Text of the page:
Saudi Arabia is in the news these latter days, not for the usual oil related production or its cut but rather for its wanting to come to grips with today’s life. For instance, NDTV, a New Delhi, India based television media company reiterated a Washington Post editorial dated January 29, 2018, that found One view of Saudi Arabia was on display at the just-completed World Economic Forum in Davos, Switzerland, where the kingdom sought to reassure investors and show off traditional Saudi food, music and culture. The finance minister, Mohammed al-Jadaan, declared, “Saudi Arabia today is different. It’s not Saudi Arabia five years ago.” He and other ministers extolled the “Vision 2030” blueprint for modernization championed by Crown Prince Mohammed bin Salman, the young go-getter who has vowed to overturn the kingdom’s hidebound ways.

AXIOS is an American news and information website founded in 2016 by Politico co-founder Jim VandeHei, Politico’s former Chief White House correspondent Mike Allen, and former Politico Chief Revenue Officer Roy Schwartz. It published this article below as a short version but very descriptive picture of the current reforms as these hit reality.

Big reforms are coming to Saudi Arabia this year



A Saudi woman drives her car along a street in the Saudi coastal city of Jeddah. Photo: REEM BAESHEN/AFP/Getty Images

Saudi Arabia began a series of reforms last year to its ultraconservative social dictates, including bringing back movie theaters and, most notably, announcing that women will be allowed to drive beginning later this year. The reforms are being ushered in by Crown Prince Mohammed bin Salman.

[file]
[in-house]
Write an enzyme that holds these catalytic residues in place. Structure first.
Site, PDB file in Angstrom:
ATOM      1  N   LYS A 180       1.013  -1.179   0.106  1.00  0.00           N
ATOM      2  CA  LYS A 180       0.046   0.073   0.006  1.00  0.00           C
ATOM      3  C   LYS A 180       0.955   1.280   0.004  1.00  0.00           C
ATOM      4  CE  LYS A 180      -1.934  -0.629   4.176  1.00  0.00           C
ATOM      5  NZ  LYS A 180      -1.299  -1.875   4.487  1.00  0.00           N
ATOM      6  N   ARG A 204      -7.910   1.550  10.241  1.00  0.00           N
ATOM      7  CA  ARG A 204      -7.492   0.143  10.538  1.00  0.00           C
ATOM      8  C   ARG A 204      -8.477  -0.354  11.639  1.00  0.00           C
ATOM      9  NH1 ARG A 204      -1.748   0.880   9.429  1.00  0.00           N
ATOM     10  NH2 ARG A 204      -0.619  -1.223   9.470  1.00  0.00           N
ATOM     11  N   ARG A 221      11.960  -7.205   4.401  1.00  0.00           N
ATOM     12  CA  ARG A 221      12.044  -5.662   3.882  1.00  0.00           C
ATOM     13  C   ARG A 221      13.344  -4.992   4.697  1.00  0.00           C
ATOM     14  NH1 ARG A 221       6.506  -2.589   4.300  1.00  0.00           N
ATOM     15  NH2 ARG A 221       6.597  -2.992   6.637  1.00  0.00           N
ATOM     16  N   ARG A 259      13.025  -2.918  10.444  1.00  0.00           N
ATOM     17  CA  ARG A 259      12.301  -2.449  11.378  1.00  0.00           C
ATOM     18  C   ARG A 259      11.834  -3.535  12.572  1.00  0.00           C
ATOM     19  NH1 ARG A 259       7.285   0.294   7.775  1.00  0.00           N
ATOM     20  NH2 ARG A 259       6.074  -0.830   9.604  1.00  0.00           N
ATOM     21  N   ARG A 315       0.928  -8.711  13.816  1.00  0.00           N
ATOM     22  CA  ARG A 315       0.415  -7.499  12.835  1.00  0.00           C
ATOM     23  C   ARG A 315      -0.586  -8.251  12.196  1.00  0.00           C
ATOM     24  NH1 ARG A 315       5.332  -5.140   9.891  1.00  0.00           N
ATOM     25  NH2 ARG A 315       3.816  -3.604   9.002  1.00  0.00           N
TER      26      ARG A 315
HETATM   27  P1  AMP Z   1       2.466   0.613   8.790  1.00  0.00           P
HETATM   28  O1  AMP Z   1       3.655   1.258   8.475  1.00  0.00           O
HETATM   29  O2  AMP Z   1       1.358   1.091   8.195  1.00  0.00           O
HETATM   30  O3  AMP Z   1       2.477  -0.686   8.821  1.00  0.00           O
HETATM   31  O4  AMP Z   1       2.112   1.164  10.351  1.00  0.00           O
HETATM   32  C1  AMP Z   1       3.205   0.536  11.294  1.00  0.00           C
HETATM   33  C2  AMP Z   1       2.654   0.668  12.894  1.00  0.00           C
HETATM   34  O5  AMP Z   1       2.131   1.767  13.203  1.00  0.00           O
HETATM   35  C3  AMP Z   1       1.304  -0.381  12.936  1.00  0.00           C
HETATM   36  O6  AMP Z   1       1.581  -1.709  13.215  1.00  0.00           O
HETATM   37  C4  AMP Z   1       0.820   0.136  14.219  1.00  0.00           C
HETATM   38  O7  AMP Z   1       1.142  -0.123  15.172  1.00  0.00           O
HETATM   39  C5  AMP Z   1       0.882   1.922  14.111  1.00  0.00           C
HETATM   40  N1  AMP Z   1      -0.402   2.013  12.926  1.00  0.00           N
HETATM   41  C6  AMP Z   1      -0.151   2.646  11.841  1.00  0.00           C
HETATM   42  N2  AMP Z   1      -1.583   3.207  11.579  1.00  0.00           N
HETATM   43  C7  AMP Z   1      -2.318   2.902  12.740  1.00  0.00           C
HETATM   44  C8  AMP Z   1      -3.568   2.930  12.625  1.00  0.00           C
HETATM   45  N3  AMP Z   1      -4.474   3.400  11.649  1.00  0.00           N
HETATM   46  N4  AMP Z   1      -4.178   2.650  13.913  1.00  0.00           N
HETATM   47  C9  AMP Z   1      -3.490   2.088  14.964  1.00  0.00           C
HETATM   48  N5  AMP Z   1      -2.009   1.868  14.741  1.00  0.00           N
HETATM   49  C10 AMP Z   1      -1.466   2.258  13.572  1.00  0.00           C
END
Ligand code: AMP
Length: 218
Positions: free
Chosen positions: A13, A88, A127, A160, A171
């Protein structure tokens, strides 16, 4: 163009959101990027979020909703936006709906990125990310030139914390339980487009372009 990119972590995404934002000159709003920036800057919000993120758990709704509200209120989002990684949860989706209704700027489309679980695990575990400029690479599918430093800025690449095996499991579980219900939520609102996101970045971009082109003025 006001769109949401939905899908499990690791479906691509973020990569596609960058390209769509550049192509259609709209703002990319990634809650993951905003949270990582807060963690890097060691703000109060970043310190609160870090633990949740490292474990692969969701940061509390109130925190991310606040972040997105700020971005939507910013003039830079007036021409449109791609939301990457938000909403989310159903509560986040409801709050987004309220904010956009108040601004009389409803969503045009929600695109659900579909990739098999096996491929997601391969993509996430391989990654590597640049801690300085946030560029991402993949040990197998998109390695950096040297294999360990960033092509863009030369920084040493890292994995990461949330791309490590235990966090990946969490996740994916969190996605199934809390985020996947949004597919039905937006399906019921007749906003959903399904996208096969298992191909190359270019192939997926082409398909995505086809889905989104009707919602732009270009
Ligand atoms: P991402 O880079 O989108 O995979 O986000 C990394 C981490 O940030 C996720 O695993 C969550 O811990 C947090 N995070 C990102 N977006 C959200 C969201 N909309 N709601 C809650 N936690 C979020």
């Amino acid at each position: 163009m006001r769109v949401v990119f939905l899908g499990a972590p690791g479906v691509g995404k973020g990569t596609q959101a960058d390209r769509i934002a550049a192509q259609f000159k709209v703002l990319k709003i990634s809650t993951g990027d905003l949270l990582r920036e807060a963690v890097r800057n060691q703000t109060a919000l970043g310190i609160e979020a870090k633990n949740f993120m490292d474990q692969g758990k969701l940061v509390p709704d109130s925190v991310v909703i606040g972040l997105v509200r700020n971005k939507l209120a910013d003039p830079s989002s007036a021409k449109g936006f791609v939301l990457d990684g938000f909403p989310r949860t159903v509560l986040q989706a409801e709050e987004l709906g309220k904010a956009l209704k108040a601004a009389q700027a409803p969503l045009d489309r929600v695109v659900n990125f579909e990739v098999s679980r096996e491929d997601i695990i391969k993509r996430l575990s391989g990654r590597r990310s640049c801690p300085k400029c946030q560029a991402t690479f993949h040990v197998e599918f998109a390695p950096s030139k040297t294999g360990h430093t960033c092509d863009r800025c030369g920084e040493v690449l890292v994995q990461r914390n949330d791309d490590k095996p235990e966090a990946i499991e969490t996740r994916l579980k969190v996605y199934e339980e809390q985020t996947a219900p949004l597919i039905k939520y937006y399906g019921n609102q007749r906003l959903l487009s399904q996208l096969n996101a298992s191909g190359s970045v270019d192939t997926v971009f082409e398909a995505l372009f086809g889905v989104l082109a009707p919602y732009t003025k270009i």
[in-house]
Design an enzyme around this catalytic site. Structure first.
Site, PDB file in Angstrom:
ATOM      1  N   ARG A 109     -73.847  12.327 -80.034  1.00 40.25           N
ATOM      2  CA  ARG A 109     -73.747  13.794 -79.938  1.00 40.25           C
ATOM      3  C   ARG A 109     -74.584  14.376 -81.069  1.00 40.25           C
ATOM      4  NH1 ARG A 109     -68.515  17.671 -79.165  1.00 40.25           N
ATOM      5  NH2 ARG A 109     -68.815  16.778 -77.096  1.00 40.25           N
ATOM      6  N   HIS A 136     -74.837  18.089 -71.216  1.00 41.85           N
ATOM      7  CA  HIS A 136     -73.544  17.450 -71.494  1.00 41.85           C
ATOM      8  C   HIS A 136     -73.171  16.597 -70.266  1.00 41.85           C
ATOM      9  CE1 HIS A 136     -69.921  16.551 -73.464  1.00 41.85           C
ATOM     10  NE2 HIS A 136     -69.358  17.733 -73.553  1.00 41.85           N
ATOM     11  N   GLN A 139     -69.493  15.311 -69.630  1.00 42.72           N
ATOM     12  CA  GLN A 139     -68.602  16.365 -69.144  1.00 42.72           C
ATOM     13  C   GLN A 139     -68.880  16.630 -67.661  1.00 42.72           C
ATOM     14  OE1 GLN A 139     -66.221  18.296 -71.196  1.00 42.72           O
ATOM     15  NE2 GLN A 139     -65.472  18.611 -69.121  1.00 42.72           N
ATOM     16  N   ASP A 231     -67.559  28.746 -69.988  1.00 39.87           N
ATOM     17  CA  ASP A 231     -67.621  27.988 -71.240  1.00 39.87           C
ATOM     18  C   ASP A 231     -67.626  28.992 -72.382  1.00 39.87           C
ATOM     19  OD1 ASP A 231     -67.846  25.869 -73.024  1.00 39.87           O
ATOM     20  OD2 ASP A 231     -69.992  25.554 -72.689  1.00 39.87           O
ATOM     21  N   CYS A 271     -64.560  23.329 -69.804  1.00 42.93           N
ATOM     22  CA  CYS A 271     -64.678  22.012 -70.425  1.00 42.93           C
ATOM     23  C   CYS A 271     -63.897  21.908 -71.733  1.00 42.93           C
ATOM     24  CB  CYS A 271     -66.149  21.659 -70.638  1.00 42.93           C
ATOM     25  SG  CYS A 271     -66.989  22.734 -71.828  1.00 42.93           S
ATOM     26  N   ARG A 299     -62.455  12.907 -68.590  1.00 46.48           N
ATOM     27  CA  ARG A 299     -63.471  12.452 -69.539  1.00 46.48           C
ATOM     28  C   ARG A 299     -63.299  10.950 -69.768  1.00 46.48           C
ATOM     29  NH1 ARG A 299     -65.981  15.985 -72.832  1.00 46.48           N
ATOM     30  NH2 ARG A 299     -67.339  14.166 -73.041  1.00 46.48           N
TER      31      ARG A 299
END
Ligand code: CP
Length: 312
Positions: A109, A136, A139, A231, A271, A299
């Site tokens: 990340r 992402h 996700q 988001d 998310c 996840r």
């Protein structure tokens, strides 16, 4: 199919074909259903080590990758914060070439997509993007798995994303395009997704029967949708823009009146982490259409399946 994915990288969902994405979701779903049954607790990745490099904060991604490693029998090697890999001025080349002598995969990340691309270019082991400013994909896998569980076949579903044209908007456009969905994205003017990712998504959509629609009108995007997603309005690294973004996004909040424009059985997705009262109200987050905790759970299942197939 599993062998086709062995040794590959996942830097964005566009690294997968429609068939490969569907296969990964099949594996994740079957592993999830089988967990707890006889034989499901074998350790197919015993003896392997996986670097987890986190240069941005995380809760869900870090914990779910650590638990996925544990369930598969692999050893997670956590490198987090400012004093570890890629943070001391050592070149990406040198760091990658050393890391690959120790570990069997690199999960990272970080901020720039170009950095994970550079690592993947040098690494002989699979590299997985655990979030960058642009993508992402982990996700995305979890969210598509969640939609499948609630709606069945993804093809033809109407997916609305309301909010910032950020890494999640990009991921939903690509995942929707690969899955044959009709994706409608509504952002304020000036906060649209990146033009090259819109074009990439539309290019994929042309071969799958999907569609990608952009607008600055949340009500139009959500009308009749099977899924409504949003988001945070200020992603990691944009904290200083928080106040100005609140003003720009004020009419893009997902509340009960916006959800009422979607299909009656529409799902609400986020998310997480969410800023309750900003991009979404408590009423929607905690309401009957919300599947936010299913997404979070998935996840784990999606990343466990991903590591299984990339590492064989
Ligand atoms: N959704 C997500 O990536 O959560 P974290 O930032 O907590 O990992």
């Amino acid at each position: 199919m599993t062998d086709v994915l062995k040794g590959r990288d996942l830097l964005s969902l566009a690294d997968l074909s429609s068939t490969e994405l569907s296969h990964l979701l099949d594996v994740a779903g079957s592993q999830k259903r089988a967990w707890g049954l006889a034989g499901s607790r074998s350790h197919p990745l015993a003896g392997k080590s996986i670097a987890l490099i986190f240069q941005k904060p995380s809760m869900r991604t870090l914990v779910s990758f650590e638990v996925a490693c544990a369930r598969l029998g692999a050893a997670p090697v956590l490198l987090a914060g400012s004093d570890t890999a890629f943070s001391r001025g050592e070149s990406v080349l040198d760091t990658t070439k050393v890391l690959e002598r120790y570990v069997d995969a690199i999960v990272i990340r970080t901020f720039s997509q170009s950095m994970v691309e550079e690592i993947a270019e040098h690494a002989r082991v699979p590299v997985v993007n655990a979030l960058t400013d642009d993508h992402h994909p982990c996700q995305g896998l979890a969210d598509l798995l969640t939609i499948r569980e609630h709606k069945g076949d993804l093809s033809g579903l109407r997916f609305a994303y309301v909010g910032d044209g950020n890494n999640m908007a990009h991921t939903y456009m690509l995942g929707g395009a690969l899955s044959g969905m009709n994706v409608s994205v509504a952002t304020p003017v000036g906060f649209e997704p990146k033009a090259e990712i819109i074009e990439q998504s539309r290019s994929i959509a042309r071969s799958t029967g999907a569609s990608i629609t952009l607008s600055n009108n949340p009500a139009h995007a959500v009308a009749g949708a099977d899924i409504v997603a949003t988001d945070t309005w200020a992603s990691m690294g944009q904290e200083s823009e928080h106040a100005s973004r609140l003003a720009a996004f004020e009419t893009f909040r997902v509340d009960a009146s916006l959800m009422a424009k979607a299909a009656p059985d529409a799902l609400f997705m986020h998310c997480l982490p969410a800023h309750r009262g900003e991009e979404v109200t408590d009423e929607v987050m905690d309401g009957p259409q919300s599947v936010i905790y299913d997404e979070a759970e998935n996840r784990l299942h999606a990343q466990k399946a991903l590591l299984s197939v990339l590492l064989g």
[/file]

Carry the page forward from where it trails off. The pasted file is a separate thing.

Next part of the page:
Why it matters: At an investment conference last year, the 32-year-old crown prince defended his reform efforts, saying “we were not like this in the past,” and “we want to go back to what we were: moderate Islam,” per the AP. The reform effort is connected to the Prince’s economic overhaul plan, seeking to unleash new investment opportunities and reduce the country’s reliance on oil by diversifying its revenue streams.

The reforms, at a glance

  • Saudis went to the movies last week for the first time in more than 35 years at a makeshift cinema, per Arab News, in response to the country’s decision last December to allow theaters to open. About 300 cinemas are expected to be opened by 2030, a move that could generate $24 billion in revenue and create 30,000 permanent jobs, Arab News reports. Previously, Saudis could only watch movies on satellite TV or online.
  • The kingdom is poised to welcome tourists from around the world, as Prince Sultan bin Salman bin Abdulaziz, head of the Saudi Commission for Tourism and Natural Heritage, announced in November that the kingdom’s first tourist visas will be issued in 2018, per CNN. Previously, visas were given only to workers. The country plans to build resorts stretching about 100 miles on the Red Sea’s sandy coastline and is mulling the idea of opening a Six Flags theme park by 2022, per CNN.
  • The kingdom announced last September that it will rescind its ban on female drivers in June of this year, a major victory for women’s rights activists. Lifting the ban is the most substantial step taken by the crown prince to modernize the kingdom, which was the only country in the world to prohibit women from driving.
  • The government is allowing more live entertainment events. Marvel fans dressed as their favorite characters at the Kingdom’s first ever Comic-Con event in Jiddah — a three-day festival that attracted thousands and included appearances from HBO’s Game of Thrones’ Grand Maester Pycelle and Tywin Lannister, per the AP. Men and women were not segregated, except for an area where women were allowed to remove their traditional attire and show their superhero costumes, the AP reports.

Further reading  Some Saudi Millennials Object To Young Prince’s Easing Religious Rules